When a large account came up for renewal, Vannessa says she and her job share partner were nervous about how the customer would receive the job share arrangement. To her surprise, the customer was impressed to have two experienced account managers looking after them, leading to a successful contract renewal and a positive long-term business relationship. The job share arrangement continued for two years and was a success for Vannessa, her job share partner, and the customer.
Throughout her early career, Vannessa progressed and was awarded the Luke Bozza Memorial Scholarship to study for an MBA. She worked across multiple sectors exceeding targets and received the National Chief of Business Sales Award.
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As a woman in a traditionally male-dominated industry, Vannessa has faced her fair share of roadblocks.
“One of my colleagues challenged me when I accepted [a new] role, indicating it was a complex role generally only men were successful in because of the tough commercial negotiations. Further questions followed like did I feel guilty not being at home for my kids and did I think my kids would be ‘affected’ if I took the role,” Vannessa says. “I responded, ‘yes absolutely I think my kids will be affected – they will understand women are powerful, great negotiators and capable of resolving complex problems.’ I loved the role and smashed the targets,” she says.
Other roadblocks Vannessa has faced have included receiving challenging feedback. She was told to “share more of yourself at work… we do not know you.” It was a turning point that encouraged Vannessa to be vulnerable and to share her story to foster strong connections within her team. Transforming her style to connect individually, authentically, and vulnerably, Vannessa also incorporated her interest in First Nations cultures. Having grown up on Yamatji Country, she created space for storytelling within her team, encouraging her leaders to share photos of their people and places to build respect and connection.
Vannessa’s biggest test came at the beginning of the coronavirus (COVID-19) pandemic in January 2020. Leading a team of 40 leaders across the country, she led a large-scale transformation program that transitioned teams from reactive to proactive service providers, anticipating customer needs to ensure continuity of service. Taking inspiration from American academic Brene Brown she immersed her team in the ‘Dare to Lead’ framework. They used daily stand-ups and agile methodologies to track progress and execute at pace. By pushing boundaries, empowering individuals to lead, and mentoring and setting goals, Vannessa says the focus on her people saw high-quality customer outcomes achieved.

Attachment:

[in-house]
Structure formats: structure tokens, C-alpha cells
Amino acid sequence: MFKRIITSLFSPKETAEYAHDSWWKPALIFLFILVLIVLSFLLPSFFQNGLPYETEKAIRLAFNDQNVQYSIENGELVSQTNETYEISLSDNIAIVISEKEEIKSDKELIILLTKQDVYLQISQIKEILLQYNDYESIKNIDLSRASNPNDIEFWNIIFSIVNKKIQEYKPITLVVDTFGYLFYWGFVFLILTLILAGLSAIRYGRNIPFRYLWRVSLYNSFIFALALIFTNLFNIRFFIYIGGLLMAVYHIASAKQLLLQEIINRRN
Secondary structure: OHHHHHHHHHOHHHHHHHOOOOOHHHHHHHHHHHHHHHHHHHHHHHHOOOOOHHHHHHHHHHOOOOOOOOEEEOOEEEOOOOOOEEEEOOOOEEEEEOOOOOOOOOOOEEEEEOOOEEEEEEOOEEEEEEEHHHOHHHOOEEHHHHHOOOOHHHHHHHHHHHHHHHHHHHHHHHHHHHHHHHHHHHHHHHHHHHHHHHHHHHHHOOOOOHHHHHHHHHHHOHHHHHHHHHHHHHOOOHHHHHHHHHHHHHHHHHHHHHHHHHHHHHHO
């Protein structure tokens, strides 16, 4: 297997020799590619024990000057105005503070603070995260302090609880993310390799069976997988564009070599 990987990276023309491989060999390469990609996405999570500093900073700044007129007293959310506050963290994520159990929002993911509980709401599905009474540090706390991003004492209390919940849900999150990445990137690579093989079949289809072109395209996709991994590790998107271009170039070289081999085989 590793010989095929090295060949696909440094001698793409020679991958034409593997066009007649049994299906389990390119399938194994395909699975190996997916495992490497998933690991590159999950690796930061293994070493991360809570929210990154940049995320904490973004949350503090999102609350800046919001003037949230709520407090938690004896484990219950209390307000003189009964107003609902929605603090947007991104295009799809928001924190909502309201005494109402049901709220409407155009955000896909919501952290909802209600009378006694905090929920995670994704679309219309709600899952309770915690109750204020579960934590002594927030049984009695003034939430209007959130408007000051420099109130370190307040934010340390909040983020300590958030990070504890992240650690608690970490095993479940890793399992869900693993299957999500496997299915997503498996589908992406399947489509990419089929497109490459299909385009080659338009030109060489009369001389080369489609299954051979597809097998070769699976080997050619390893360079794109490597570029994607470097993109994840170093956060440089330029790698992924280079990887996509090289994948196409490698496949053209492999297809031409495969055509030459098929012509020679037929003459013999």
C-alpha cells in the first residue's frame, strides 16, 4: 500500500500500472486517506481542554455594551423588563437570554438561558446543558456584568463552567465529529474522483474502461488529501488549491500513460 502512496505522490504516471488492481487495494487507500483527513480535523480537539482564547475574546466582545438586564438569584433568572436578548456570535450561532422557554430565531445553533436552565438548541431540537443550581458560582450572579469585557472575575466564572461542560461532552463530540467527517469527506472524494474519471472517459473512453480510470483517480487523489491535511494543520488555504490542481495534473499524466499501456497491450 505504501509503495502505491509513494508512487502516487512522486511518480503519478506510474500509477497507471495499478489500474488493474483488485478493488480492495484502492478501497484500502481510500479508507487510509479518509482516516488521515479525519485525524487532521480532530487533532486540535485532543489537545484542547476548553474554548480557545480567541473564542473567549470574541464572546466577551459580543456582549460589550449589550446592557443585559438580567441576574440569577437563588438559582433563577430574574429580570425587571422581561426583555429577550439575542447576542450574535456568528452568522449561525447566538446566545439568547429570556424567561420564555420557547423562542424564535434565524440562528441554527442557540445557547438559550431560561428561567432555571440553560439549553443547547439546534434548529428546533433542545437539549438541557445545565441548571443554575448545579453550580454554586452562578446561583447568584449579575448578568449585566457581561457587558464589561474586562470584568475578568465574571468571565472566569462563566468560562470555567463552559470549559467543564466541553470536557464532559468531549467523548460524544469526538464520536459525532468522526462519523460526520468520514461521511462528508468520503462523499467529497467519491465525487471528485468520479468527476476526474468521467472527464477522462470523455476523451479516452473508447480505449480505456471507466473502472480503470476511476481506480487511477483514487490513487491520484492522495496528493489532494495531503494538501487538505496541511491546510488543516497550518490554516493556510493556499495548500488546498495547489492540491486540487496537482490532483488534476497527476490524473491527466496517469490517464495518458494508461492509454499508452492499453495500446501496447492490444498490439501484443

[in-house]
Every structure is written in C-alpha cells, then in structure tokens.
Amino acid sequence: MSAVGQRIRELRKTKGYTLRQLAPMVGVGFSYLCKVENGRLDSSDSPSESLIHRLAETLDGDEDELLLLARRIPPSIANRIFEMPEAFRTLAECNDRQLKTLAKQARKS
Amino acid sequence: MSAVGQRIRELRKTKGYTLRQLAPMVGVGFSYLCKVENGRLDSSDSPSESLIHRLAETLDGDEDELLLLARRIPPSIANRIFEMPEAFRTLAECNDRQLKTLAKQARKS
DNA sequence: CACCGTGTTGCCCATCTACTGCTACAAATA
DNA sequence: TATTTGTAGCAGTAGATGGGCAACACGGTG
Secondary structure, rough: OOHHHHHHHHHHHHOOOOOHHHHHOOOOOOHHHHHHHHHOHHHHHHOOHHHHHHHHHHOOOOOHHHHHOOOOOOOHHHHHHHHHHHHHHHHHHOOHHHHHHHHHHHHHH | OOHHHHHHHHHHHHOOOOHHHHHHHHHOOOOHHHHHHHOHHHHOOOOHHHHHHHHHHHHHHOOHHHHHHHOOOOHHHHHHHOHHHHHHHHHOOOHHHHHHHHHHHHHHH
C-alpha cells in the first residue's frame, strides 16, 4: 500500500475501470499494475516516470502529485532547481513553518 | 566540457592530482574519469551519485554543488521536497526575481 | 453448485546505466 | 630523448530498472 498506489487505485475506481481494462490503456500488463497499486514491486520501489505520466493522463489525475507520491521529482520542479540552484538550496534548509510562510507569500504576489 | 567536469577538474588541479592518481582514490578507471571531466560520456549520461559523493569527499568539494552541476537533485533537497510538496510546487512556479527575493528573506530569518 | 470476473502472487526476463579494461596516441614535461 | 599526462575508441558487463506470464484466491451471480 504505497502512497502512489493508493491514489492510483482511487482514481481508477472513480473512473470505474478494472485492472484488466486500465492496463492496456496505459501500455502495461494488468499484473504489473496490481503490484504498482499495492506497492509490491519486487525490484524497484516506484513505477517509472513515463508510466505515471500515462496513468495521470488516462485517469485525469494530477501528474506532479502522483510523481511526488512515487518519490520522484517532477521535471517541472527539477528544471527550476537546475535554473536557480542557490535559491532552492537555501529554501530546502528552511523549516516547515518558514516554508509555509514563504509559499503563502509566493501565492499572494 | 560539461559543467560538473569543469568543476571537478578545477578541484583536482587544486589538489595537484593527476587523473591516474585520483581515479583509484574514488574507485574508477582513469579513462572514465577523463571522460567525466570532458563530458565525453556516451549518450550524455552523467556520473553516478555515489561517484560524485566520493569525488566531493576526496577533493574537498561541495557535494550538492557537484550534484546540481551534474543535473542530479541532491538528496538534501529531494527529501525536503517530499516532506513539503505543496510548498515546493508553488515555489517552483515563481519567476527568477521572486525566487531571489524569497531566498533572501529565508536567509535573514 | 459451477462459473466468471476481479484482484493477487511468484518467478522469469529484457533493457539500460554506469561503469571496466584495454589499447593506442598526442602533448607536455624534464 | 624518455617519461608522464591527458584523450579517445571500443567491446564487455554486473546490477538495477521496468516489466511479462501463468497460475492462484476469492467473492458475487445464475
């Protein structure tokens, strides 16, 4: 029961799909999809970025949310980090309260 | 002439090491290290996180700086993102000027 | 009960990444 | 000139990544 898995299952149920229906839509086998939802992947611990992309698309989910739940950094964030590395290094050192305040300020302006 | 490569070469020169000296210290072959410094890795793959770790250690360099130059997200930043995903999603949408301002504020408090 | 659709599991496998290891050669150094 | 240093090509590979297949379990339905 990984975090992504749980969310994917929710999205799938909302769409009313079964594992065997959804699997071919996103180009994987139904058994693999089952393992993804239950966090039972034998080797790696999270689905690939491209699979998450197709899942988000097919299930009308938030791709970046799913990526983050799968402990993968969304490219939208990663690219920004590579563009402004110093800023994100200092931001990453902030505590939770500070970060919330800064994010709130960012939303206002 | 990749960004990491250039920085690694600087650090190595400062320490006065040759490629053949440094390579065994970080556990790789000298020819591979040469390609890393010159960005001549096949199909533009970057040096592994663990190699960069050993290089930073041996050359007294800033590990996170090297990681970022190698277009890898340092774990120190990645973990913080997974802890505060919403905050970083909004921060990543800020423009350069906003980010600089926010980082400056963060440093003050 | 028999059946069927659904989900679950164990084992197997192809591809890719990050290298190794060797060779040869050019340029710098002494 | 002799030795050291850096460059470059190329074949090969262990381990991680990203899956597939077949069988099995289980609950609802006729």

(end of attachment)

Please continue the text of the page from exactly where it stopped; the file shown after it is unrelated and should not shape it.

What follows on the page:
Sage advice from Vannessa
Vannessa is a leader who believes in the transformation of people. She loves her work and her team. She encourages women to transform and become future leaders by taking the lead.
Fairness, support, and results are key themes Vannessa has promoted throughout the teams and programs she has led. To encourage diversity, she led the charge in male parental leave, facilitating parents to share caring responsibilities while maintaining their career; fostered flexible work, part-time and job-sharing opportunities; mentored graduates; established networking opportunities; and participated in Woman Within International, a women’s empowerment program for over a decade. These initiatives have inspired others to achieve their personal and professional goals.
“Say ‘yes’ when career opportunities present and don’t wait for the ‘perfect environment or perfect team’,” she says. “Be prepared to take risks and back yourself. As Richard Branson says: ‘If somebody offers you an amazing opportunity, but you are not sure you can do it, say yes—then learn how to do it later!’
“IT has is the most diverse and interesting jobs,” Vannessa continues. “The IT industry needs creative people who can work together to solve problems. This is a career with no barriers to entry or boundaries.”
WiTWA Tech [+] Awards
People’s Choice is now open! Cast your vote and support the amazing women making a difference in the ICT community. Register your vote here.
Head to the WiTWA website for more information on the WiTWA Tech [+] Awards or to see the stories of this year’s nominees.
You can also find more stories about women in tech at Kinetic IT on our website.